Jury decides Dominion defamation case against Fox News
By Marshall Cohen and Oliver Darcy | CNN
Dominion Voting Systems’ historic defamation case against Fox News will advance to a high-level jury next month, a Delaware judge ruled Friday, declining to declare a pre-trial winner.
Both sides had asked Delaware Superior Court Justice Eric Davis for a pretrial ruling in their favor, and as of this writing, declared them the winner and averted a trial. But after thousands of pages of files and exhibits and a series of clashes in Wilmington courtrooms, Davis decided the case should go to trial.
But in Friday’s ruling, Davis said the evidence presented by Dominion shows Fox News has been spreading falsehoods about the company.
“The evidence developed in this civil case shows that it is clear to KRISTALL that none of the statements made regarding Dominion about the 2020 election are true,” Davis wrote.
“We are pleased with the court’s thorough ruling, which dismisses all of Fox’s arguments and defenses and rightfully finds that their statements about Dominion are false. We look forward to going to court,” a Dominion spokesman said in a statement.
“In this case, what was, and always has been, been about the First Amendment’s protection of the media’s absolute right to report the news. FOX will continue to vigorously defend freedom of expression and a free press as we move into the next phase of this process,” a Fox spokesman said in a statement.
The selection of the jury is scheduled for April 13th.
It was always unlikely that either side would prevail at this stage of the process.
Barring an out-of-court settlement — which is always possible — Davis’ verdict means the jury must determine whether Fox News defamed Dominion by repeatedly disseminating false claims that the voting technology company rigged the 2020 presidential election against Donald Trump .
Fox News and its parent company, Fox Corporation, deny any wrongdoing and have argued that their post-election 2020 conspiracy theory-filled programs were protected under the First Amendment because they merely reported “current allegations.”
Your legal liability will be determined in a court proceeding. But the case has already damaged Fox’s reputation.
Incriminating texts and emails have shown that Fox executives, presenters and producers did not believe the claims the network was making about Dominion. Those revelations drove a dagger through the idea that Fox News is anything but a partisan GOP operation focused on ratings — not journalism.
The lawsuit is considered one of the most momentous cases of defamation in recent memory. Fox has argued that a loss would erode freedom of the press, and some scholars agree that the bar should be set high for proving libel. Other analysts have said holding Fox accountable for knowingly spreading lies that would never pose a threat to objective journalists in the first place.
The case has produced a mountain of evidence that exposes Fox News as a right-wing profit-making machine that lacks the most basic journalistic ethics — and is willing to promote twisted electoral conspiracy theories to sustain its lucrative business.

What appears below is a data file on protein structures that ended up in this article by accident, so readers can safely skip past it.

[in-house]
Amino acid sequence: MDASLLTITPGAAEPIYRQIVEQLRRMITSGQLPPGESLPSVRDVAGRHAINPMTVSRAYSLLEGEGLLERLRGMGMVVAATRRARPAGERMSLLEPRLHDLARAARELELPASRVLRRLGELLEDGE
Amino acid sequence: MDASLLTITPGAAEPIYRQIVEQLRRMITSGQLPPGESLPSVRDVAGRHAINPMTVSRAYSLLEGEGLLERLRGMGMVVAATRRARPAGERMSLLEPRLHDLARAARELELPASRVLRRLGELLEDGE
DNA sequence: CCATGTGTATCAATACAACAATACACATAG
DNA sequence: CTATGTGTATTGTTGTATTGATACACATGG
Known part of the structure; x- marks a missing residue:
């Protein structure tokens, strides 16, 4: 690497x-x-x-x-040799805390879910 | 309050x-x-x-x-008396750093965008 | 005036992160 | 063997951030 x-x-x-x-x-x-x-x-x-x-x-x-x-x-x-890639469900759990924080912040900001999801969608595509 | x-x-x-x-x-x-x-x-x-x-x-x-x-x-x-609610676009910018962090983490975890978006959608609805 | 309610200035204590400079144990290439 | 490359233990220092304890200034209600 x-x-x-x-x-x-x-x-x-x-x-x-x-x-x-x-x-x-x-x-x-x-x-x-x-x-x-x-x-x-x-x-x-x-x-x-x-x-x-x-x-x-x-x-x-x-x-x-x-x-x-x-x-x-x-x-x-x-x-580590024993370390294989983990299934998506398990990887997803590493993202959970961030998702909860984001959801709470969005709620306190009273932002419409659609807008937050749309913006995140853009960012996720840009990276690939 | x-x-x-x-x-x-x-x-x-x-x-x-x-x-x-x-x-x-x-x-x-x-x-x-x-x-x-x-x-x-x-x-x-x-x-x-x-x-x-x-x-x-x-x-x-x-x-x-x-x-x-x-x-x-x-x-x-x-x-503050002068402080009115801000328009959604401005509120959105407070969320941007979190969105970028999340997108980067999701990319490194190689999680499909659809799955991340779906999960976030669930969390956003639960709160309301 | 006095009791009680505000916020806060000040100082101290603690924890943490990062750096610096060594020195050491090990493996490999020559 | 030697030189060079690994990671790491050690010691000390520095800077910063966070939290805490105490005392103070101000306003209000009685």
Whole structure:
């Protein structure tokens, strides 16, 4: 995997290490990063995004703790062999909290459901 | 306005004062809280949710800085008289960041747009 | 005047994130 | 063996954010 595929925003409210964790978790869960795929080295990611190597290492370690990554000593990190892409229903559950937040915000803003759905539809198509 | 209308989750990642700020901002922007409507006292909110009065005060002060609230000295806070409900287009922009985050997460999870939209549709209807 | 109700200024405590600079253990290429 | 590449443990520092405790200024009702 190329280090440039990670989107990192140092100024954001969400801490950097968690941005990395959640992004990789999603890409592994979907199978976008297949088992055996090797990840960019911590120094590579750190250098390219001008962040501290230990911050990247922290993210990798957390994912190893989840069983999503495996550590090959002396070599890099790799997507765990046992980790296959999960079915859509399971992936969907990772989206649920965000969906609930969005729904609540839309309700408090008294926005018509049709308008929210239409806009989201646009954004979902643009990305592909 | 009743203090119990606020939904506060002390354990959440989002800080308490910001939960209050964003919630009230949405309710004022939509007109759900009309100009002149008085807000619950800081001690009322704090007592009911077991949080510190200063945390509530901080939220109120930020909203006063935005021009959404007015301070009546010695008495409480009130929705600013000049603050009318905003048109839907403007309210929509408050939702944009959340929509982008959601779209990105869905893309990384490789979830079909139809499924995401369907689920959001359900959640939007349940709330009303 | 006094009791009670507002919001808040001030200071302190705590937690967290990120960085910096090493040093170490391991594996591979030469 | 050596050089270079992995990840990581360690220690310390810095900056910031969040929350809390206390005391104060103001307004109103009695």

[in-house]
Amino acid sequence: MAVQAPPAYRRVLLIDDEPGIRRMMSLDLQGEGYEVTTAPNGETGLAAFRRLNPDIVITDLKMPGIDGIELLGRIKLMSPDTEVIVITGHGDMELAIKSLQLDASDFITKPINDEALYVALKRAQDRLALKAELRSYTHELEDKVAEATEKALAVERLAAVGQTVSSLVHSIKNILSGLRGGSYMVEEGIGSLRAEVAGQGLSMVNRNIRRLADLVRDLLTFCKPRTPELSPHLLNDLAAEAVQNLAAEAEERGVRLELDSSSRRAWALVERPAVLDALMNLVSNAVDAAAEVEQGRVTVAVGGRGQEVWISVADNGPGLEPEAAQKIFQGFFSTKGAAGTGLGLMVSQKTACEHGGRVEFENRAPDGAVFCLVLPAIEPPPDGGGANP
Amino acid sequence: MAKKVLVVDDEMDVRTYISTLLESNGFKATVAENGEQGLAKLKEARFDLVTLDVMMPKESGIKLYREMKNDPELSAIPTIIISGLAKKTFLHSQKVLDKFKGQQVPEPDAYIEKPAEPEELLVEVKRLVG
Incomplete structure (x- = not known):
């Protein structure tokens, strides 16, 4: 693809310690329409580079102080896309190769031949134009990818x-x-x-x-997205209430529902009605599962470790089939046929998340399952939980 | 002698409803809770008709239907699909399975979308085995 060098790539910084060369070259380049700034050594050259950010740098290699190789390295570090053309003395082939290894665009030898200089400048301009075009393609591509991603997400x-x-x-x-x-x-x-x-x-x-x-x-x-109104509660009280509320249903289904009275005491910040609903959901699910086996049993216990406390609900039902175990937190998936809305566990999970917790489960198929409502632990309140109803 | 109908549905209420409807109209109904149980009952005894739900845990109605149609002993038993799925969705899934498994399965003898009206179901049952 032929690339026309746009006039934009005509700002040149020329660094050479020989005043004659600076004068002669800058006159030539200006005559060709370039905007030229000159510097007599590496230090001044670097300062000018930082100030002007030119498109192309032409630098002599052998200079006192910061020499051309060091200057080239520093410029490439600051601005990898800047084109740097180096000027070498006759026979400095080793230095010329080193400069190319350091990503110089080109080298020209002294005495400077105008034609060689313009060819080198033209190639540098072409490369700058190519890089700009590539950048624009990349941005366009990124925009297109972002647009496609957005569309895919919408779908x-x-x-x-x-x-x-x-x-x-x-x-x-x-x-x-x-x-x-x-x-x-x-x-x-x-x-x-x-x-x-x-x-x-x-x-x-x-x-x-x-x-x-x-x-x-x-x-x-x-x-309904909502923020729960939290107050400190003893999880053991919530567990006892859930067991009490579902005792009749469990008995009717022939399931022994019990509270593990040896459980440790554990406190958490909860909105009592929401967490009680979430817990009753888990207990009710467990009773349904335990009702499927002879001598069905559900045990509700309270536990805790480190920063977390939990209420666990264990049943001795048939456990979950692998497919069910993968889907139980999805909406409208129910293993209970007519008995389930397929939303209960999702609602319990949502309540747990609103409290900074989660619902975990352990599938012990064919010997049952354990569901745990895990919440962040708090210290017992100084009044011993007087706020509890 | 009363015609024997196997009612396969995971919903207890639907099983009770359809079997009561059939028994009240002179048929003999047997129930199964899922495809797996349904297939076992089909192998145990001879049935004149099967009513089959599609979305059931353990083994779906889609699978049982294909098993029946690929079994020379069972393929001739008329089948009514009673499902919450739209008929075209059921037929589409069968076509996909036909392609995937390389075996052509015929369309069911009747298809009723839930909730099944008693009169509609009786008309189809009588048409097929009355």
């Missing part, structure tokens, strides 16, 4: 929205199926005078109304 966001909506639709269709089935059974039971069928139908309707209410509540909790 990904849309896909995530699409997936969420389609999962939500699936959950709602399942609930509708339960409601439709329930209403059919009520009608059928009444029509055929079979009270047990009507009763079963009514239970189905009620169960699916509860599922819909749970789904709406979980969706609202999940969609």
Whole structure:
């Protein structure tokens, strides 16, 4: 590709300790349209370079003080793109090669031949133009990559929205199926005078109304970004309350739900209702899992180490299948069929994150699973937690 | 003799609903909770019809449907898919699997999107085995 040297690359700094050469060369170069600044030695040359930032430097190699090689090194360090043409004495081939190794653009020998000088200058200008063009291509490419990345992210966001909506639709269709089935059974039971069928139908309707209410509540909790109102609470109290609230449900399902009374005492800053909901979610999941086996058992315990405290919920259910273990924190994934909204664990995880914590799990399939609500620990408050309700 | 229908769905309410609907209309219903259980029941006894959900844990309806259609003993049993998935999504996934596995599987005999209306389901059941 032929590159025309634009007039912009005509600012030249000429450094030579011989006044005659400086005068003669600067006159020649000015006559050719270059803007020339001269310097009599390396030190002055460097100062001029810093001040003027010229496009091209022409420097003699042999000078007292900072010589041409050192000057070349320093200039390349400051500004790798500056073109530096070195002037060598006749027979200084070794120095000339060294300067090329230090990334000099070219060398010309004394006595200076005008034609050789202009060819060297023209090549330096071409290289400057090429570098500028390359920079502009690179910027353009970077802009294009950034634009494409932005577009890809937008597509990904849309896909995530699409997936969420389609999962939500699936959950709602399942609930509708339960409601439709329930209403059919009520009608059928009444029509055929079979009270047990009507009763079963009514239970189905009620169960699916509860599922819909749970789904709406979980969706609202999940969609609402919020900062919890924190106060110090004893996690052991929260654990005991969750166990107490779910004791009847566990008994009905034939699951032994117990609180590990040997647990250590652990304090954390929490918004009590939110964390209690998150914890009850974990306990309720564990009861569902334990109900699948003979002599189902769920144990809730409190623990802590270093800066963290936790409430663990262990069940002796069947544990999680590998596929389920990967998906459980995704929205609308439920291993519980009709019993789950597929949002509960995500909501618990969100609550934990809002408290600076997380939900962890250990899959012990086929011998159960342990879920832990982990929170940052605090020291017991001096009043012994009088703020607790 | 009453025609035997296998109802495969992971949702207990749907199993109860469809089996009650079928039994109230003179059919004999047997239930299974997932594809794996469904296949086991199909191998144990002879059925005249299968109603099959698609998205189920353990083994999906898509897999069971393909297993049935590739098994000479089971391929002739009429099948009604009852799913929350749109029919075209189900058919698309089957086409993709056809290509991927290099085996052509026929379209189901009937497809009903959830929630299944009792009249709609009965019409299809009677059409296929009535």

Fox Corporation chairman Rupert Murdoch admitted in his testimony that several of his top hosts supported election lies on the air that he knew were false. And after the 2020 election, its most prominent stars and top executives privately blasted the conspiracy theories that were being circulated on the air, according to internal text messages and email exchanges made public as part of the lawsuit.
The legal filings revealed how concerned Fox News executives and anchors were about losing viewership to Newsmax, a smaller right-wing talks channel that saturated its airwaves with election denial.
After the election, an angry Donald Trump attacked Fox News and encouraged his supporters to switch to Newsmax. And in the days and weeks after the presidential campaign was called, they did just that. Fox News lost some of its audience while Newsmax gained a sizable viewership, causing panic in the building and prompting the network’s leadership to embrace voter denialism, the covered a large part of the Republican Party.
In several cases, Fox News executives and anchors began cracking down on those on the network who fact-checked election lies, private messages revealed in court filings showed. In one instance, Tucker Carlson and Sean Hannity exchanged messages about an attempt to fire White House correspondent Jacqui Heinrich for checking a tweet about alleged voter fraud. In another instance, when host Neil Cavuto interrupted a White House press conference spreading false election information, senior Fox News leaders were told that such a move posed a “brand threat.”
Regardless of what appeared on the air, Fox News executives and anchors have privately criticized the Trump camp for making allegations of voter fraud. Hannity said Rudy Giuliani, Trump’s attorney at the time, “acted like a crazy person,” and Ingraham described him as “an idiot.” Rupert Murdoch said it was “really bad” that Giuliani was advising Trump.
https://www.ocregister.com/2023/03/31/jury-will-decide-dominion-defamation-case-against-fox-news/ Jury decides Dominion defamation case against Fox News